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||Sound and Music:
and Freeware for download
Software can be found all over the World Wide Web. It is
possible to purchase and install many packages without handling a disk, going to
a store, or even receiving something in the mail. The process is so easy, and so
cheap from the supplier's point of view, that software developers often offer a
lot of things for free. What follows is some general categories of
free-for-download software, and their respective shortcomings and advantages.
You need to be careful loading any free software. Freeware
(see below) can have problems, and can, in rare cases, mess up your computer
configuration. If you find an interesting title, see if there are any reviews of
it on line - they may give warnings.
All the other titles are commercial. Downloading and
installing free commercial software is, in a matter of speaking, inviting
a stranger into your living room. That stranger may prove to be more intrusive
than you intended. A few hints . . .
1) Don't use the "default" install - select
"Custom" rather than "Standard" or
"Automatic" when asked what sort of install will be done. One of the
screens of a custom install is the assigning of file associations. If you still
want Media Player or other title to handle WAV or MP3 files (for example), make
sure those boxes are un-checked in your new install so that it doesn't
take over those responsibilities. This is particularly irritating with
player/utility installations like QuickTime, Music Match or Real Player.
2) Don't download software unless you're going to use
it! If Windows Media Player covers your needs, why junk up your
computer and risk problems with a new program? Adolescents are constantly
downloading and installing stuff, and usually their computers are messed up
enough to testify to that fact.
Categories of free software . . .
||Demos are not really free software, since
they are intended just to demonstrate the capability of a software title,
without actually giving the consumer anything to work with. Demos are
useful if you just want a peak before you buy, but if your intent is to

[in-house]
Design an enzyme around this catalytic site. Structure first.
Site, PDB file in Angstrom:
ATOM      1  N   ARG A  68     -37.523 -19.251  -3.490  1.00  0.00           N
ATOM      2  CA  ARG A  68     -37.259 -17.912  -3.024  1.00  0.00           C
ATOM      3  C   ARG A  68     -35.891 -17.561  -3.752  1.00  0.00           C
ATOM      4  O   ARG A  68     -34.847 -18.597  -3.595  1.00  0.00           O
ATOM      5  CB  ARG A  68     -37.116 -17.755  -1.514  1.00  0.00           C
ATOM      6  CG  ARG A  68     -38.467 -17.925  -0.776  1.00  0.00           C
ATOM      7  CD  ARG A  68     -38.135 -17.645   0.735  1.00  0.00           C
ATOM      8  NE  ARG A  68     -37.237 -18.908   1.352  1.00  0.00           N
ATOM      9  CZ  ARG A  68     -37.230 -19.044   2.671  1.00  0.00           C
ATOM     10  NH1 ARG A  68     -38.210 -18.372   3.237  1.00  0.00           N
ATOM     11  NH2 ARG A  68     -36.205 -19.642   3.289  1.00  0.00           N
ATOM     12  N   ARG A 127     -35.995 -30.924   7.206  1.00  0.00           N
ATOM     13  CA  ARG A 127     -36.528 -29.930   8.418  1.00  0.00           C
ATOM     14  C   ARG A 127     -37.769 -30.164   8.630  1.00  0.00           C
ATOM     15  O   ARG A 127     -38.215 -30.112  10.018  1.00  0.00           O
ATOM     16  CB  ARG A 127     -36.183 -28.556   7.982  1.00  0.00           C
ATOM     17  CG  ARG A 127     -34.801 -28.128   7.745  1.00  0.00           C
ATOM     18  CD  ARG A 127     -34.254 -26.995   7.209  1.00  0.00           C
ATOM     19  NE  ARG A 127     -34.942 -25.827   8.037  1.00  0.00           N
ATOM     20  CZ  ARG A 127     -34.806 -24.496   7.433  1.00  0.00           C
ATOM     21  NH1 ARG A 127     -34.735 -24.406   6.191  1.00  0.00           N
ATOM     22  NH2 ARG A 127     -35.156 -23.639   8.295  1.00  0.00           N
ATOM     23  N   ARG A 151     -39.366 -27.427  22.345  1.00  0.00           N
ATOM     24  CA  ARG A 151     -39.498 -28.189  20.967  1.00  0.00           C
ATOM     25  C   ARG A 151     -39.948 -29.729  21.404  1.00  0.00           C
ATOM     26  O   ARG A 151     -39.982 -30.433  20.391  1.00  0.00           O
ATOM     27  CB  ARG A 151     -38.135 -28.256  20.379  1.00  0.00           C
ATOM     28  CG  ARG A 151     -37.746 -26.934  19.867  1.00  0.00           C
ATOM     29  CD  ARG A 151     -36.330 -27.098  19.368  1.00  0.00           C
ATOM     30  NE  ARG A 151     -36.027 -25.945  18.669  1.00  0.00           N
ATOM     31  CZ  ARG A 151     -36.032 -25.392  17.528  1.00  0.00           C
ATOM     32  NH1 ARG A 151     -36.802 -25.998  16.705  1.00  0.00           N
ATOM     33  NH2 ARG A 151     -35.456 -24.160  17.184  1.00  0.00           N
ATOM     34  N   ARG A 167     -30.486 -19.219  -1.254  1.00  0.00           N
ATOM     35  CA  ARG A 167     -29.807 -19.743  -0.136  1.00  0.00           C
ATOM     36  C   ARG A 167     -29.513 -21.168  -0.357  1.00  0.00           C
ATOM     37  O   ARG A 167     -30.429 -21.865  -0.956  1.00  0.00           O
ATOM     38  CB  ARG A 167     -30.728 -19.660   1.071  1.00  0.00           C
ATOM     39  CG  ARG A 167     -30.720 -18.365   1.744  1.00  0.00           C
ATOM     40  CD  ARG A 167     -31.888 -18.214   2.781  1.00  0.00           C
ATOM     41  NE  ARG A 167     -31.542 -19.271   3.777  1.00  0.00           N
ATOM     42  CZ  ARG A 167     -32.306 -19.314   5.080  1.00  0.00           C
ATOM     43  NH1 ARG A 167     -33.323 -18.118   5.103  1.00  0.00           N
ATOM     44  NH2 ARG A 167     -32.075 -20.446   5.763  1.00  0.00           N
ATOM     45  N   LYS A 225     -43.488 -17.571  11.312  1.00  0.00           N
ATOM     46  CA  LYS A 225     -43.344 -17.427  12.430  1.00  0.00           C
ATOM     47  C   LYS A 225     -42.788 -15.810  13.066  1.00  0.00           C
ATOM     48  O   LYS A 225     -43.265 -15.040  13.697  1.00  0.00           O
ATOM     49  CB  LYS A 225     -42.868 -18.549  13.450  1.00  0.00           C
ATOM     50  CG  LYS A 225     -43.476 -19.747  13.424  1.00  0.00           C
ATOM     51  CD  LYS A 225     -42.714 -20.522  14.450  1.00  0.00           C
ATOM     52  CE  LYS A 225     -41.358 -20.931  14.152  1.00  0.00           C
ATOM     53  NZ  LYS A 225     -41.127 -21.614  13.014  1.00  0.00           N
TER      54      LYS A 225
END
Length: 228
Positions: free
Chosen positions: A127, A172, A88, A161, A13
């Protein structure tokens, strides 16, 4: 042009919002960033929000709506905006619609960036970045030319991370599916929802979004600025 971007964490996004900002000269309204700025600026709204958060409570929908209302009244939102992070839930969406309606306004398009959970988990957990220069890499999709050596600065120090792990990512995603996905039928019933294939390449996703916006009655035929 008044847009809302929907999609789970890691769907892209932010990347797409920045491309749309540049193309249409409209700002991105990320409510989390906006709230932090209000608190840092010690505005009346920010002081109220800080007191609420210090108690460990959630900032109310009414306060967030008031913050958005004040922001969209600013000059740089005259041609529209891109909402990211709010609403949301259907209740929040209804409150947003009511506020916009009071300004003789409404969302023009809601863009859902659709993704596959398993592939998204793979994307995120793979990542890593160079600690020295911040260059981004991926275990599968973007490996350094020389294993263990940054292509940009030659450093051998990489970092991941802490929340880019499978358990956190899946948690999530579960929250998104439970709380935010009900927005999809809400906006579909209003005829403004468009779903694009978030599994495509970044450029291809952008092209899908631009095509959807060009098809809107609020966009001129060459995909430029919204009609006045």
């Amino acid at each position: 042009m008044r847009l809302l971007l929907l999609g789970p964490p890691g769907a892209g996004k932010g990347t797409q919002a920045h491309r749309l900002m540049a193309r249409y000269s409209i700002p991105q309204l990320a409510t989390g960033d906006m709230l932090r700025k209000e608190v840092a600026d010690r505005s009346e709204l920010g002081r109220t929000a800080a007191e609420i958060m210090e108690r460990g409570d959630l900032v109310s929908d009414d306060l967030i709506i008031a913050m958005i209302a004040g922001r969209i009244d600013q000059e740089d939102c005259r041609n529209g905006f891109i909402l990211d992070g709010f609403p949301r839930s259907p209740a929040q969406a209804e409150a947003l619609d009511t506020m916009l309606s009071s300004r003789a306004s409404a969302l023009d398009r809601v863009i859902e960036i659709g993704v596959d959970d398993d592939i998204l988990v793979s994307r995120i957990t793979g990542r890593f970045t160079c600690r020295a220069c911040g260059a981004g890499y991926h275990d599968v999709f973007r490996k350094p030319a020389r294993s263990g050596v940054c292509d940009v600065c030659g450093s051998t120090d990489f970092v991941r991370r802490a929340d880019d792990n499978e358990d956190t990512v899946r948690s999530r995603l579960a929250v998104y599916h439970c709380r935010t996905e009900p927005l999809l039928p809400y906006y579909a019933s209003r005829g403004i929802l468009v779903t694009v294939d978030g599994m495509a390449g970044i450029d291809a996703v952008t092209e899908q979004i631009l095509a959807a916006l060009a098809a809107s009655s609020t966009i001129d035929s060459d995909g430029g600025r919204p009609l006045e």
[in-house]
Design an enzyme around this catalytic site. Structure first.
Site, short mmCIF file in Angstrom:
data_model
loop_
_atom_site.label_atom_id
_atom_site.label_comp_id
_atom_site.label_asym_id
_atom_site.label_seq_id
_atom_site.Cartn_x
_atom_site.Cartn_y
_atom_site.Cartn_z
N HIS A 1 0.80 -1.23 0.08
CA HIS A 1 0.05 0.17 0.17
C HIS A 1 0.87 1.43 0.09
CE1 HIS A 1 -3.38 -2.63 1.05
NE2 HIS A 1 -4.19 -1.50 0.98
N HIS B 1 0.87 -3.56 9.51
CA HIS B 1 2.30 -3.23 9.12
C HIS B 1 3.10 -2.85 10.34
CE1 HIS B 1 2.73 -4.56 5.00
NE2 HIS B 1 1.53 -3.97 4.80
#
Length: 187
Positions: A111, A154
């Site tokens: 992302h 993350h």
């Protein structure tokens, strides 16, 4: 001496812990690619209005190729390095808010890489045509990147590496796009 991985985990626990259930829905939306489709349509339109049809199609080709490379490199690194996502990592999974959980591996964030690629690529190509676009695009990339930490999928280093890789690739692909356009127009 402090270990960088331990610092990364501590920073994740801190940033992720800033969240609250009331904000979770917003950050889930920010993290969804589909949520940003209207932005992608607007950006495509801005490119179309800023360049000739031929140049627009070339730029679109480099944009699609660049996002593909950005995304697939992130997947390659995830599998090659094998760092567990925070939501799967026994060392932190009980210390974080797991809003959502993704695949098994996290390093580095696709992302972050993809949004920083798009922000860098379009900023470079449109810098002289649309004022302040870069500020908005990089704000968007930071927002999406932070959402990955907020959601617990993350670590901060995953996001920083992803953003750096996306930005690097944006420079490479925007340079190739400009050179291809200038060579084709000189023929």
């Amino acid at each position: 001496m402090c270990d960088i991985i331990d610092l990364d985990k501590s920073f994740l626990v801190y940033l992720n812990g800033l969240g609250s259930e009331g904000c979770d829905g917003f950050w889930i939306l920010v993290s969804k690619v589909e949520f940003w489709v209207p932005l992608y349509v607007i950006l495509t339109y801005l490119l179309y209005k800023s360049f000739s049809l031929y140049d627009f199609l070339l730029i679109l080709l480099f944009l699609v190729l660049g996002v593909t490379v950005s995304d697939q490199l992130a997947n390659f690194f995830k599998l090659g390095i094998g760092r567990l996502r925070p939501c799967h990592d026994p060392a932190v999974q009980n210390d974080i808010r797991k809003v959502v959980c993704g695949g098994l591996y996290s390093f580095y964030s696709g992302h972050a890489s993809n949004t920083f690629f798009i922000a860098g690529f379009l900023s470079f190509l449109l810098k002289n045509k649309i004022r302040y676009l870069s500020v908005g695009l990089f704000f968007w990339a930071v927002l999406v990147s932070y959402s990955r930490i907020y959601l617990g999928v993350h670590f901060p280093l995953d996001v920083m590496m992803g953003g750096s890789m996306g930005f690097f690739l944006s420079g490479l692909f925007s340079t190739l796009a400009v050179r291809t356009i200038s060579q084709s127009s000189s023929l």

get free use of software, demos aren't it.
||Shareware is software which is offered free
for download as a way to try software before purchase. It is either not fully-functioning (limits saves, or not all features are enabled), or it
ceases to work after a certain amount of time ("times out"). Such
software is not free - if you use it in a lab setting for
many users, or use it past its "time out," you have violated the
||Freeware is actually free - it is software
that is offered by a single individual or non-profit entity, and is
completely free of commercial attachments. Since there is no commercial
interest, sometimes the software is buggy and otherwise not constructed
very well, or the help files are in another language, or absent. However, if you are willing to take a chance and experiment, it can
be worth the trouble. True freeware is marked as such.
||"Free Software" should not be
confused with "Freeware," which is a separate category. Free
software is generally offered by a commercial concern with a vested
interest in your using their product - most commonly a foot in your door
for massive amounts of Internet advertising. Browsers themselves (Internet
Explorer and Netscape) are good examples, as is AOL Instant Messenger.
Since the Internet is dotted with teens and pre-teens with entertainment
dollars to spend, there are hundreds of music software titles that fall
into this category, in an attempt to leverage these consumers (and
their parents) out of their money. Be wary -see Warnings
||This category enjoyed some popularity a few years ago,
beginning to wane, and most of the titles are games. Adware is commercial
but free software - generally fully-functional, but providing a constant
stream of advertisements embedded directly in the software which you cannot turn
off unless money changes hands.
Again - this is by no means a comprehensive
list, and all links are provided without endorsement. A general search will
produce many sites, but general searches for free software often produce a lot
of advertising for the seedier side of the 'Net, so it's not a good idea to turn
students loose on such a project.
||CNET bought out shareware.com a few years
ago, one of the earliest and most active of the download sites. As a
result of its new corporate home, most of the freeware is gone. CNET also
maintains it's download-for-sale big brother http://download.cnet.com/
||Tucows is the stuff of Internet legend.
Unfortunately, like most such ventures, it's pretty commercial now, but
they still have a lot of good free titles.
||zdnet made its name through "The
Computer Shopper," the largest and most popular hard-copy computer
hardware catalog (now defunct). They provide free downloads, but require your email
address for membership - a ruse to get you on a mailing list.
||Completely Free has genuine freeware, and
some commercial shareware titles. Not an extensive library, but less
buried in hype and ads than the others. It has an apparent religious
affiliation - hence the awful MIDI on the splash screen!
||Another commercial download site - probably
not as large as the big guys, but the layout is good.